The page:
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Trends in Container Shipping

Proceedings of the ISL Maritime Conference 2008- 9 th and 10 th of December, World Trade Center Bremen


Edited By Burkhard Lemper and Manfred Zachcial

In the tradition of the Liner Shipping Conferences in the eighties, the Institute of Shipping Economics and Logistics organised again a Maritime Conference in Bremen. The aim of the conference in December 2008 was to analyse and to forecast the trends and perspectives of the international container shipping market. The international shipping industry and the global container shipping market have recently seen some of the most successful years in history. Excellent employment and high charter rates initiated a very strong order boom, especially in the highest size classes of 8.000 TEU to 12.000 TEU vessels and beyond. This development of accelerated fleet expansion met a cooling down period in global economy as a consequence of the worldwide financial crisis. The implications for the international trade markets have also affected the shipping industry and the container shipping market. Against this background the main topics of the Maritime Conference 2008 were: World economy, trade and shipping; vessel size development and its implications; implications of market growth on ports and hinterland; financing and taxation aspects.


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6 Session IV – Financing and Taxation Aspects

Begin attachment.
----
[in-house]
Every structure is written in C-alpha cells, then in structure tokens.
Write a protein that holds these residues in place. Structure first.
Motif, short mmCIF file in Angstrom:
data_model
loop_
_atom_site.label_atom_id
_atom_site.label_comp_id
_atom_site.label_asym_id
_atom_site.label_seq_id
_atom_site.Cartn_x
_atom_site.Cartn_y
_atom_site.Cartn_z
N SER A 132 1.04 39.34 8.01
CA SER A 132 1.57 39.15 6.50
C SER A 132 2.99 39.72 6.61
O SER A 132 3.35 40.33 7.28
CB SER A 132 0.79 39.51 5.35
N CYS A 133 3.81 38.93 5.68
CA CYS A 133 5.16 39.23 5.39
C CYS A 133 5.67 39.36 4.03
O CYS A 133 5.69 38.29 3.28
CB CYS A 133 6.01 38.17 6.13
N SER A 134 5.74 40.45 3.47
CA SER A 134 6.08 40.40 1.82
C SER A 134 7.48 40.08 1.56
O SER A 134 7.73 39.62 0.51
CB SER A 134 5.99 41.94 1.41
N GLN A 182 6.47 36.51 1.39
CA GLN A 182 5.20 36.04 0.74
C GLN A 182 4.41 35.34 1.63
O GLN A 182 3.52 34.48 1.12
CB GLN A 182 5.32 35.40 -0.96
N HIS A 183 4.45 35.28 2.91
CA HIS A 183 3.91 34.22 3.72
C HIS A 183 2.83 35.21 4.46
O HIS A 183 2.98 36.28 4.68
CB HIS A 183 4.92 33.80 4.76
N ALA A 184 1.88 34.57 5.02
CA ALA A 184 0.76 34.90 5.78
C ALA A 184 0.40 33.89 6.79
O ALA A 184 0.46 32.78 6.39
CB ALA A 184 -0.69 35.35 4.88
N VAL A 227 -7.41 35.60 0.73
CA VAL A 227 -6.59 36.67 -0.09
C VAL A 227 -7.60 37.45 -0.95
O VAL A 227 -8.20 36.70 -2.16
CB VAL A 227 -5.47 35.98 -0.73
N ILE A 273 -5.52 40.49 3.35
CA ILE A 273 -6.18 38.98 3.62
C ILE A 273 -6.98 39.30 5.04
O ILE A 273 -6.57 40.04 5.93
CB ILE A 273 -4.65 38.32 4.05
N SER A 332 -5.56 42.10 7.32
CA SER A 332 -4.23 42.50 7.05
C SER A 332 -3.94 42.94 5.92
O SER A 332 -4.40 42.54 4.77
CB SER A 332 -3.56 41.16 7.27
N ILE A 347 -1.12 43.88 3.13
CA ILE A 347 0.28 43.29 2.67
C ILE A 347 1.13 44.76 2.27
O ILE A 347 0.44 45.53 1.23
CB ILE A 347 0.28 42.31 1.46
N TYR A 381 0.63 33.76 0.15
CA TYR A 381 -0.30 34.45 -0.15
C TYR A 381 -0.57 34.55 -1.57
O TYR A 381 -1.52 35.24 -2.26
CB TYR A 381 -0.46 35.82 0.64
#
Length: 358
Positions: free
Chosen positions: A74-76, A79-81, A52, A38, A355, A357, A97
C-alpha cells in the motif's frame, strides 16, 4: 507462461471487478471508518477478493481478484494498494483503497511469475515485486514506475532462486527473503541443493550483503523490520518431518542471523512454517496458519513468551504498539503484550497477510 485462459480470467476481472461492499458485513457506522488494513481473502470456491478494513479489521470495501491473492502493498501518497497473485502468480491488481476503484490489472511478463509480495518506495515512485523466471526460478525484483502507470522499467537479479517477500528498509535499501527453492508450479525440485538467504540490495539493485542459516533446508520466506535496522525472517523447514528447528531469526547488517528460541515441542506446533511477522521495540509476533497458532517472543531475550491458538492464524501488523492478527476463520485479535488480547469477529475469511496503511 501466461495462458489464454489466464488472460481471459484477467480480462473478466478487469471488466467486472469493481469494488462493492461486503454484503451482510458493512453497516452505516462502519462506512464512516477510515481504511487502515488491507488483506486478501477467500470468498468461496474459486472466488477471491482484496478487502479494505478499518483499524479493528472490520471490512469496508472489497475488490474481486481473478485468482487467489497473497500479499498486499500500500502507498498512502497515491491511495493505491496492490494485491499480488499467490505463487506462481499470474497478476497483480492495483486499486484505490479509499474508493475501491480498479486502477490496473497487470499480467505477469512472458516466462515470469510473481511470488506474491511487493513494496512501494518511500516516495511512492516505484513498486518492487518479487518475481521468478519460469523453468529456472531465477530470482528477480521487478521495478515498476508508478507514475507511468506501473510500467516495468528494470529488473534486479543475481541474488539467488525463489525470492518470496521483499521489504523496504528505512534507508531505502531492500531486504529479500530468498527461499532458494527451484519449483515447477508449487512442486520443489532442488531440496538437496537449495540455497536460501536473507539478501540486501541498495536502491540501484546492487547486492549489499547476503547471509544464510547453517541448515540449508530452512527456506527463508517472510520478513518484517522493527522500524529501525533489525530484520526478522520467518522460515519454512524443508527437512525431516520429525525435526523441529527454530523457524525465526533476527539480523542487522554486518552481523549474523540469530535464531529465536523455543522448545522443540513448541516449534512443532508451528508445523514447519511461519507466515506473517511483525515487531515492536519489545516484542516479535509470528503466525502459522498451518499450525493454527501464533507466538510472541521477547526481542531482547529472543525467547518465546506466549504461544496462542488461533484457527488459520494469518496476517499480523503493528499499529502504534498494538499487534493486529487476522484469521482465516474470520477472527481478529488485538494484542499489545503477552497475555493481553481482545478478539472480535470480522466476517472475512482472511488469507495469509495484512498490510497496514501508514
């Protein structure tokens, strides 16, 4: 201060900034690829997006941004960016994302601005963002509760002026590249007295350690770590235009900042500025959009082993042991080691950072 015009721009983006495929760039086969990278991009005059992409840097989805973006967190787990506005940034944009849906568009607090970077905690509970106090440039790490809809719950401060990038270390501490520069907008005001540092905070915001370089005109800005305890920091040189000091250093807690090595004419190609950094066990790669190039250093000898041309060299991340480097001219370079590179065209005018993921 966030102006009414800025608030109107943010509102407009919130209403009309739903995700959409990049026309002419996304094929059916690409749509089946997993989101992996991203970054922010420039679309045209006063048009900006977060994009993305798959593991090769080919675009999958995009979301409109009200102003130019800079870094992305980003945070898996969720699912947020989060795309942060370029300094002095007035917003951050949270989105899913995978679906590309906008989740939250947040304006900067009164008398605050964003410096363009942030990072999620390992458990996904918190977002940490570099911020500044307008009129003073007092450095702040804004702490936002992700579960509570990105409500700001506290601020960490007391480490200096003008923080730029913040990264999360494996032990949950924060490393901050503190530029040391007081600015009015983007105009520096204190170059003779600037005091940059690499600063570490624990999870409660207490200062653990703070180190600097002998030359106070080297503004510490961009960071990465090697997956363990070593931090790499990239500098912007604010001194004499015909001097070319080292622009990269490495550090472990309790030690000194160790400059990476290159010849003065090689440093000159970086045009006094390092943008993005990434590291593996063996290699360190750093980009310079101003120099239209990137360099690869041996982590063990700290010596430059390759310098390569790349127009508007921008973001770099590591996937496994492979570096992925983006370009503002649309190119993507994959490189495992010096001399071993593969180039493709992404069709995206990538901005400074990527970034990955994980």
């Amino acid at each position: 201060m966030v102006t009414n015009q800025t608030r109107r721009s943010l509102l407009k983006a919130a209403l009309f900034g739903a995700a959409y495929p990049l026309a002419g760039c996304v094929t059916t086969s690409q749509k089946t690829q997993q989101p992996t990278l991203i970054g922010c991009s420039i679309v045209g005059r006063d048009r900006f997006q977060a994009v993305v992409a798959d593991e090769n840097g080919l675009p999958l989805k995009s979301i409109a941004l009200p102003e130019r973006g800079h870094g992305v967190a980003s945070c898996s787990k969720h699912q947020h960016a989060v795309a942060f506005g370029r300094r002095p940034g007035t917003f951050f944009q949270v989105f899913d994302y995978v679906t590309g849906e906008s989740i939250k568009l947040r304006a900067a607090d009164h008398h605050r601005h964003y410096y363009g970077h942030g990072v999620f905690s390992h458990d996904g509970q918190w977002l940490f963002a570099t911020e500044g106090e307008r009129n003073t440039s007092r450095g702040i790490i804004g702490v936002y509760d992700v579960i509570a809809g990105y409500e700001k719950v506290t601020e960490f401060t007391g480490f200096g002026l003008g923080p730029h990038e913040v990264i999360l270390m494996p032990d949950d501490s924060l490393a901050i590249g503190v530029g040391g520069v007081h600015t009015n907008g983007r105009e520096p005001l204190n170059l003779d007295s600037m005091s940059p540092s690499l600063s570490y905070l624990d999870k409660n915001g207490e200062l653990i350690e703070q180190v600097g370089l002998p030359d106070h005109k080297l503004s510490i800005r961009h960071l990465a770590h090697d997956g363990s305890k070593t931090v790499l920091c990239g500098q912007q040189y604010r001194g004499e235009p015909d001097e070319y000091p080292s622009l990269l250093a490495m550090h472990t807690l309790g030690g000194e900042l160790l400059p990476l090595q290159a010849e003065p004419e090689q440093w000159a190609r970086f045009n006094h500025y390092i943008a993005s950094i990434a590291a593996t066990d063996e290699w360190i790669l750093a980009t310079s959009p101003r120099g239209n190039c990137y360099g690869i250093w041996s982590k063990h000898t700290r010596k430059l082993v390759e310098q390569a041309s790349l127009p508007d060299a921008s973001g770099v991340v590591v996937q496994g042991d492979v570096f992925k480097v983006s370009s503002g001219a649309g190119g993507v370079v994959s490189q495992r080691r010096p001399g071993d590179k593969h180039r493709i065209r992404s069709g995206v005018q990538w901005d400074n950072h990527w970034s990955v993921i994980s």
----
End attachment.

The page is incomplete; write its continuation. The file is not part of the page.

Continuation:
Chairman: Prof. Dr. Rolf W. Stuchtey, Institute of Shipping Economics and Logistics (ISL) 6.1 Re-Financing Aspects in Global Shipping Dr. Hans-Joachim Weinberger, Global Head Ship and Aircraft Finance, Norddeutsche Landesbank 6.1.1 Anatomy of a Crisis What happened to the financial sector? To summarize it in simple words: I believe we are victims of hubris caused on the one hand by scientific experts from the field of mathematics, statistics and physics and on the other hand by the simple greed of bank managers. It has been the close cooperation between promoting “alpha-male bankers” and ingenious scientists, delighted by the bankers' support which has created this explosive cocktail, bringing the world close to a disaster. This cocktail has been enriched by the accessibility of cheap hardware and software, providing the necessary data storage and processing capacity. Combined with intelligent analytical and modelling techniques as for example the Monte Carlo simulation, this mixture has proved itself almost as explosive as the H-Bomb. What is sometimes called “credit substitute business” (Kreditersatzgeschäft) has very little to do with the banking business. The intention has been to model a picture of the real world by simply omitting any distorting and time-consuming relationships to clients and replacing these with the “only and real truth” derived from these models. For example these models could provide default probabilities without having to take a close look at any “underlying” factors such as the inhuman description of the real society. Having said this, we can imagine the political implications of...

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